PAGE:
Easing the ‘Return-to-Work’ Process for Injured Workers
By Jackie Payne, Vice President Medical Management Services, Mitchell Casualty Solutions | July 24, 2017
In 2015, the U.S. Bureau of Labor Statistics reported that 2.9 million non-fatal workplace accidents occurred that year. Of this, over 50 percent of the injured workers experienced time lost from work. A number this large obviously eats into a company’s productivity, which is why employers and carriers are continuously looking for ways to ensure their return-to-work programs are effective and focused on what’s best for injured workers.
Let’s start with defining what the goal of any return-to-work program is: it’s to get the injured worker back to their pre-injury condition in a safe and timely manner. Typically, these programs are comprised of all of the accommodations and resources that are needed to facilitate the processes that make up the return-to-work program for injured workers. Employers and insurers generally collaborate to create these return-to-work programs and are responsible for identifying and providing work arrangements that accommodate any restrictions or limitations that may interfere with an injured worker’s return to work.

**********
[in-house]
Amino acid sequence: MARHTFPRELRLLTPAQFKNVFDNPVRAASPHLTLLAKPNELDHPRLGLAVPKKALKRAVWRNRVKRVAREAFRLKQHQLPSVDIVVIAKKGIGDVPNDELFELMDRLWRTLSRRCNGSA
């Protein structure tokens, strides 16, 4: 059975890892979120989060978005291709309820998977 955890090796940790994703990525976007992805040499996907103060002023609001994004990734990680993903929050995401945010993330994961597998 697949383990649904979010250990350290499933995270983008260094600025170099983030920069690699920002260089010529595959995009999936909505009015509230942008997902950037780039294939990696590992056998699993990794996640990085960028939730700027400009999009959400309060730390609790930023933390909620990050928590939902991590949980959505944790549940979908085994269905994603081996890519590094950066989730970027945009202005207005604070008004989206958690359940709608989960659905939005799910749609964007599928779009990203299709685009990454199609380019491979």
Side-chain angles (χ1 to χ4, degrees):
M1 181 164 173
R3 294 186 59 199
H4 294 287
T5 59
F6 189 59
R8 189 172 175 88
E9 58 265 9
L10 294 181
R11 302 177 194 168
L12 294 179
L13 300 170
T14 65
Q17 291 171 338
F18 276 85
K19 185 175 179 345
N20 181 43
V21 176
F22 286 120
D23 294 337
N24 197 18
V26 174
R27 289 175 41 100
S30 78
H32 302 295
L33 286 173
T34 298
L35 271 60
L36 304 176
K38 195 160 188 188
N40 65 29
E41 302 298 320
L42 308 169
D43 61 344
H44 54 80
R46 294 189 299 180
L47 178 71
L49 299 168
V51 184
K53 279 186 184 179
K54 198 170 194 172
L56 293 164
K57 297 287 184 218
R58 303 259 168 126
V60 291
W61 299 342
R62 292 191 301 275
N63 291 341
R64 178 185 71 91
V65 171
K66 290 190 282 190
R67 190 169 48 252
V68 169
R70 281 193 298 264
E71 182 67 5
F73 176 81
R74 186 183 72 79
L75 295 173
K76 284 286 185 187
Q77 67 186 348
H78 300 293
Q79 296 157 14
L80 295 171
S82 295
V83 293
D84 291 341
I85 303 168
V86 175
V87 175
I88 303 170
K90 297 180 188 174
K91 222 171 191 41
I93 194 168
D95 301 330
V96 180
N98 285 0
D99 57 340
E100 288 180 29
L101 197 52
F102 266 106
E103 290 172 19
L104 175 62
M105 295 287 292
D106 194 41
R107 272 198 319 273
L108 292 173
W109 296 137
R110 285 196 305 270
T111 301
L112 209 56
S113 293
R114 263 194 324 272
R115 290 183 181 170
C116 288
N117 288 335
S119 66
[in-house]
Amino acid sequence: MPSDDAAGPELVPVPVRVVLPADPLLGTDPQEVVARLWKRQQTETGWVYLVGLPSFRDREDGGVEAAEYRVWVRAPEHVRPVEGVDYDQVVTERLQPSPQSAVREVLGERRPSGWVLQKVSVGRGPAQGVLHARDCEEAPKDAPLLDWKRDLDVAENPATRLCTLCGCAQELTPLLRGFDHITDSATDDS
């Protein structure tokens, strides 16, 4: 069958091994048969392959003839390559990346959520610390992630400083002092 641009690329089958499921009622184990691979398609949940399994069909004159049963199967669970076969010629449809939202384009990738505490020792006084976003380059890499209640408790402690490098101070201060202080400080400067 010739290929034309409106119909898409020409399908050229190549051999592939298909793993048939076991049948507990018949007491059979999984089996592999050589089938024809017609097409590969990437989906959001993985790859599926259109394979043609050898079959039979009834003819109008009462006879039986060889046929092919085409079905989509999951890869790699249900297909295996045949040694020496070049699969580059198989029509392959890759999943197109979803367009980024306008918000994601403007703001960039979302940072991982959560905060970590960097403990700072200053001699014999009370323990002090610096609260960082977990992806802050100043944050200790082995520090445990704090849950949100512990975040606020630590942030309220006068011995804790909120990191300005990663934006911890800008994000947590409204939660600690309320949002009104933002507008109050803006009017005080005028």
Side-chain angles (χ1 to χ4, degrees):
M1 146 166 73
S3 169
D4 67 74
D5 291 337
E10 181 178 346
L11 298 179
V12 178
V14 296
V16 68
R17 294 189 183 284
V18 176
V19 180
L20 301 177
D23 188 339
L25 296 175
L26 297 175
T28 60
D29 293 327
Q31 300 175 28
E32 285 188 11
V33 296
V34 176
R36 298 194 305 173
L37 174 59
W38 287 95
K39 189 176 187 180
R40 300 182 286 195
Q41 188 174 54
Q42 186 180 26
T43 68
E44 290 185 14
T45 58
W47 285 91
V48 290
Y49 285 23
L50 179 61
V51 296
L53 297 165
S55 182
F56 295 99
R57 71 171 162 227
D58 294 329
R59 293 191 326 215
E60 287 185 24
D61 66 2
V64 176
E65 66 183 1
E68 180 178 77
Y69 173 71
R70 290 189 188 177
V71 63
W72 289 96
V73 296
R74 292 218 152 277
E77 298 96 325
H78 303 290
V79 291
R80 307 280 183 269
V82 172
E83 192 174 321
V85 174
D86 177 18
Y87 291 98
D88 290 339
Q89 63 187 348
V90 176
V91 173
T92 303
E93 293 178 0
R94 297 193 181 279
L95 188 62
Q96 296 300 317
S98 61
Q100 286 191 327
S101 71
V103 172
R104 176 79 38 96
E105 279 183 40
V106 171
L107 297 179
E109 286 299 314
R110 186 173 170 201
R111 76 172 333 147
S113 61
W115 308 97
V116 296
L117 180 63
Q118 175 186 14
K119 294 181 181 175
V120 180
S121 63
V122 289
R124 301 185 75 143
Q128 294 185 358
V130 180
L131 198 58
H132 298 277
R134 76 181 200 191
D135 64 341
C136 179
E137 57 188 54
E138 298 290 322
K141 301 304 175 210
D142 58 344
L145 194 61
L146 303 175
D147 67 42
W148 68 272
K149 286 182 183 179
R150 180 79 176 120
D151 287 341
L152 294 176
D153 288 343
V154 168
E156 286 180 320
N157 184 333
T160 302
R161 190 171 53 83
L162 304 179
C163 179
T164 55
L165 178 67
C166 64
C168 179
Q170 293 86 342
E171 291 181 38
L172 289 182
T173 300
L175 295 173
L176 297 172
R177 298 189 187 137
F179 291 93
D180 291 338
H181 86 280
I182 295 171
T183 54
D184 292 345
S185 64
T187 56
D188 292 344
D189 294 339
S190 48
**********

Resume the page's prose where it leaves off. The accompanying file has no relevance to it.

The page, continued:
In pursuit of building out an effective return-to-work program, employers and carriers should keep in mind the following best practices and elements, while also recognizing the potential factors that could affect the success of an injured worker’s return to work.
- Addictive behavior: If an injured worker has a history of addiction or shows signs of addictive behavior, there is a chance the medication they are prescribed to relieve their injury can trigger their behavior or addiction – thus disrupting and demotivating their will to return to work. In these instances, it’s important for insurers and employers to be aware of whether an injured worker might be affected negatively by opioids and other pain relievers.
- Relationship with employers: If an injured worker has a negative relationship with their employer, or the employer does not recognize that the employee is an essential part of the workplace, injured workers can lose their sense of worth, making them less likely to want to return to the workplace.